ANXIETY
November 10, 2012

Teens' Fear is Different

Problems with anxiety often show up in adolescence. A study shows why, and why it's hard for teens to calm down.

Think of the last time you were seriously frightened. Perhaps a car narrowly missed hitting you, or a loud barking dog suddenly lunged at a fence as you walked by. It can be hard to calm down after facing a threat. It turns out that this is especially the case for teenagers.

One reason for this is that teenagers seem to have a harder time realizing when a threat has passed than other age groups do. Once a teenager's brain registers a threat and is activated, their ability to suppress an emotional response to the threat is reduced. It is harder for them to calm down. This may explain why anxiety and stress disorders often show up during adolescence.

The researchers saw this effect in studies on both humans and mice. The human study had children, teenagers (ages 12-17) and adults view a sequence of images on a computer screen: blue squares or yellow squares. One of the colors was paired with a really horrible noise, and squares of that color would occasionally set off the noise when they appeared on the screen; squares of the other color never set off the noise.

Once a teenager's brain registers a threat and is activated, their ability to suppress an emotional response to the threat is reduced. This may explain why anxiety and stress disorders often show up during adolescence.

Subjects wore sweat meters, and an increase in sweat was an indication of fear. After being exposed to the noise a few times, subjects' sweat would increase whenever squares of the color associated with the noise appeared on screen, even when they appeared silently.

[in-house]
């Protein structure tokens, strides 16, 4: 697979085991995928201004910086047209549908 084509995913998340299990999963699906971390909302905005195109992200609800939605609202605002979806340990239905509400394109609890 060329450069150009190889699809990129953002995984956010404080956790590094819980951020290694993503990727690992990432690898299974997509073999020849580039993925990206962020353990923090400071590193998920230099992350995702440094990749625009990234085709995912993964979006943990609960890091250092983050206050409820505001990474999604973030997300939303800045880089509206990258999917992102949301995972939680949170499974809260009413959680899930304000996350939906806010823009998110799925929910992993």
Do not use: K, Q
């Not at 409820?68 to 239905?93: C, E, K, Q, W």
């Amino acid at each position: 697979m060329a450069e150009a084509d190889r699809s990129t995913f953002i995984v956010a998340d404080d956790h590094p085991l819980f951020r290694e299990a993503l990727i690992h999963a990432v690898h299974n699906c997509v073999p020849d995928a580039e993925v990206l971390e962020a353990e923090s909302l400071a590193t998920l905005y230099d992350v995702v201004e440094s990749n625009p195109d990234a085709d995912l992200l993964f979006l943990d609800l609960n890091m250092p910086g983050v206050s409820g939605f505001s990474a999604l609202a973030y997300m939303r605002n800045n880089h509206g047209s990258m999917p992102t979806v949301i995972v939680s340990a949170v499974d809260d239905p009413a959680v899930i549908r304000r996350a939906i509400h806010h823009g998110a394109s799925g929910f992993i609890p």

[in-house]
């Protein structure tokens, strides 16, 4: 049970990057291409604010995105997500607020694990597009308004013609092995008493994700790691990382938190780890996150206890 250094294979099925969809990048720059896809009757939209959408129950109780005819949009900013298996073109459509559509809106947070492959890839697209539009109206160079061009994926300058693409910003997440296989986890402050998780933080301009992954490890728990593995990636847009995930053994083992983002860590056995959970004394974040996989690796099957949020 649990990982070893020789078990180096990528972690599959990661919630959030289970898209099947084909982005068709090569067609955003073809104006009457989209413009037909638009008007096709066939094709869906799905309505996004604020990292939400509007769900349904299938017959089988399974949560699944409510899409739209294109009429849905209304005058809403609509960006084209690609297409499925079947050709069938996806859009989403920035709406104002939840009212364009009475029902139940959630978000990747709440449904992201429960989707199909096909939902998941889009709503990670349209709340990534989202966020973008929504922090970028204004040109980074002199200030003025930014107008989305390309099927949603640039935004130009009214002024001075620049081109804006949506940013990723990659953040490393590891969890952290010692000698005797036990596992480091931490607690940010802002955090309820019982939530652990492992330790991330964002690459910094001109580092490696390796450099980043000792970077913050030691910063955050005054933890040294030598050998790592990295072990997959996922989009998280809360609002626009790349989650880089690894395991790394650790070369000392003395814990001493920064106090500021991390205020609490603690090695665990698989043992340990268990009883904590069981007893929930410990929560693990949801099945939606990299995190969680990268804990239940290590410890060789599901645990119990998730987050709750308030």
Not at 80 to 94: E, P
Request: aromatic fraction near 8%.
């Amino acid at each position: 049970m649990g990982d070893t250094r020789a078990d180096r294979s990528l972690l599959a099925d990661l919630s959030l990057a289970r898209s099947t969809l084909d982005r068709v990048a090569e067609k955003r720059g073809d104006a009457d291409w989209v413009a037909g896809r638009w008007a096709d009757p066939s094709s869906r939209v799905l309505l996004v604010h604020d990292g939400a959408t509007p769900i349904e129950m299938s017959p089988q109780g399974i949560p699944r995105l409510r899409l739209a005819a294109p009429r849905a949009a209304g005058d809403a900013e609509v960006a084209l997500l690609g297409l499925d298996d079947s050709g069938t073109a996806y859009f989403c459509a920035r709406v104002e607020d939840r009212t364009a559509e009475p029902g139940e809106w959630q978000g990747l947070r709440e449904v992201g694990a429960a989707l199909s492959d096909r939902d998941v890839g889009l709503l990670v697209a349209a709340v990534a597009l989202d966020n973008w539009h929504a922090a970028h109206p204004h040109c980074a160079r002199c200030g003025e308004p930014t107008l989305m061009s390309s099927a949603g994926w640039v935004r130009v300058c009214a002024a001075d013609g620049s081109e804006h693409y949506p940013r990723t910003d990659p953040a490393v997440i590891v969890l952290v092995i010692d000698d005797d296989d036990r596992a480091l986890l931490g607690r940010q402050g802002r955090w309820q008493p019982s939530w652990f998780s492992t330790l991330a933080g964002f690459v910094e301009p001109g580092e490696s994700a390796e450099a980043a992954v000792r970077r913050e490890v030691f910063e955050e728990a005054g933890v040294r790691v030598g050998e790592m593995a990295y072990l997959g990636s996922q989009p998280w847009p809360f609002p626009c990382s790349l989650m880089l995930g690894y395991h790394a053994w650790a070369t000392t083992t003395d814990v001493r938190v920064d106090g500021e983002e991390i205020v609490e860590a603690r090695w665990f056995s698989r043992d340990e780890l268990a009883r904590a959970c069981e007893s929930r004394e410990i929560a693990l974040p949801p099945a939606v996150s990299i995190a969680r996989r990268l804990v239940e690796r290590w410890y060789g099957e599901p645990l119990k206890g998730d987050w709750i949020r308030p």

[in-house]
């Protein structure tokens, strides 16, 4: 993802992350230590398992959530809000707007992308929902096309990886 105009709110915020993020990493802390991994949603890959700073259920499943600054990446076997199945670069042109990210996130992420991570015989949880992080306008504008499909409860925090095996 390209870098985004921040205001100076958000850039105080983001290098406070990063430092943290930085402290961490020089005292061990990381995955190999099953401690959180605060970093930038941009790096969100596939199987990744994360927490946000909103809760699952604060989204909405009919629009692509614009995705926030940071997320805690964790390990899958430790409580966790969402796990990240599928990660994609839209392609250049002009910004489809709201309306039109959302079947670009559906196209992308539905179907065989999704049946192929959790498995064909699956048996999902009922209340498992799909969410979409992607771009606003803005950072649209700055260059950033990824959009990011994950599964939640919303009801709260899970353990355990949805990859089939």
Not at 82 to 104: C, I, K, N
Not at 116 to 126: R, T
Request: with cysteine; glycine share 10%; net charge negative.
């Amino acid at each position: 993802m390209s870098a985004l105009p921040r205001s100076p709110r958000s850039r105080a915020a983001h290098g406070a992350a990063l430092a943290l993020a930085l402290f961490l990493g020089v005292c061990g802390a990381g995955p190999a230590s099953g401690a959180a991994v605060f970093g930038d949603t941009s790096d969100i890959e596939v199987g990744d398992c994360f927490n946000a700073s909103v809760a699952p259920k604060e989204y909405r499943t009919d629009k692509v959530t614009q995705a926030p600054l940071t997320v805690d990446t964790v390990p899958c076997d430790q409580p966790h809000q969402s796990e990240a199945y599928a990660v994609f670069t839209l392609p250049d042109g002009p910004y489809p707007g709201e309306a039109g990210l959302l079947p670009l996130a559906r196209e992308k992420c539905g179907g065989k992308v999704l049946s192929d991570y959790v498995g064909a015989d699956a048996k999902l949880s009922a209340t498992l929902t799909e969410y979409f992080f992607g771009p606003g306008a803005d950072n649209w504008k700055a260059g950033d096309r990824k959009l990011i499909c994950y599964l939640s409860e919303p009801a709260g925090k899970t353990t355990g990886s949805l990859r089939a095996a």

The next day, participants were brought back and the procedure repeated, except that no noise ever accompanied any of the computer images. Children and adults quickly learned that neither colored square was associated with a noise and there was no longer anything to fear, as seen in their sweat measurements. But the teenagers did not, continuing to respond as if the threat still existed.

Similar results were seen in threats to mice: adolescent mice did not decrease their fear response to stimuli that no longer existed, while younger and older mice did. In fact the adolescent mice never lost their fear response, even when they grew older.

Examination of the brains of these mice indicated that neurons in an area of the brain called the infralimbic prefrontal cortex become more active during fear extinction, the process of "unlearning" a fear. This activation was not seen in the adolescent mice in the study, a condition the researchers describe as a lack of synaptic plasticity.

Anxiety disorders seem to spike during or just before adolescence. A common treatment for fear is exposure therapy, where people are gradually exposed to whatever is causing their fear. For someone afraid of dogs, this might include spending time with a small, friendly dog. Studies suggest that exposure therapy only works on about 60% of the people it is tried on and there's very little information on how this breaks down for different age groups. The study suggests that it likely won't work as well in teenagers and that treating teenage fear will prove more difficult than treating fear in other age groups.

Adults often forget just how frightening being a teenager can sometimes be. The researchers suggest that more personalized approaches to treating fear and anxiety need to be developed for teenagers who need assistance in overcoming these fears.

An article on the study, by researchers at Weill Cornell Medical College was published online by Proceedings of the National Academy of Sciences (PNAS) and will also appear in a future print edition of the journal.

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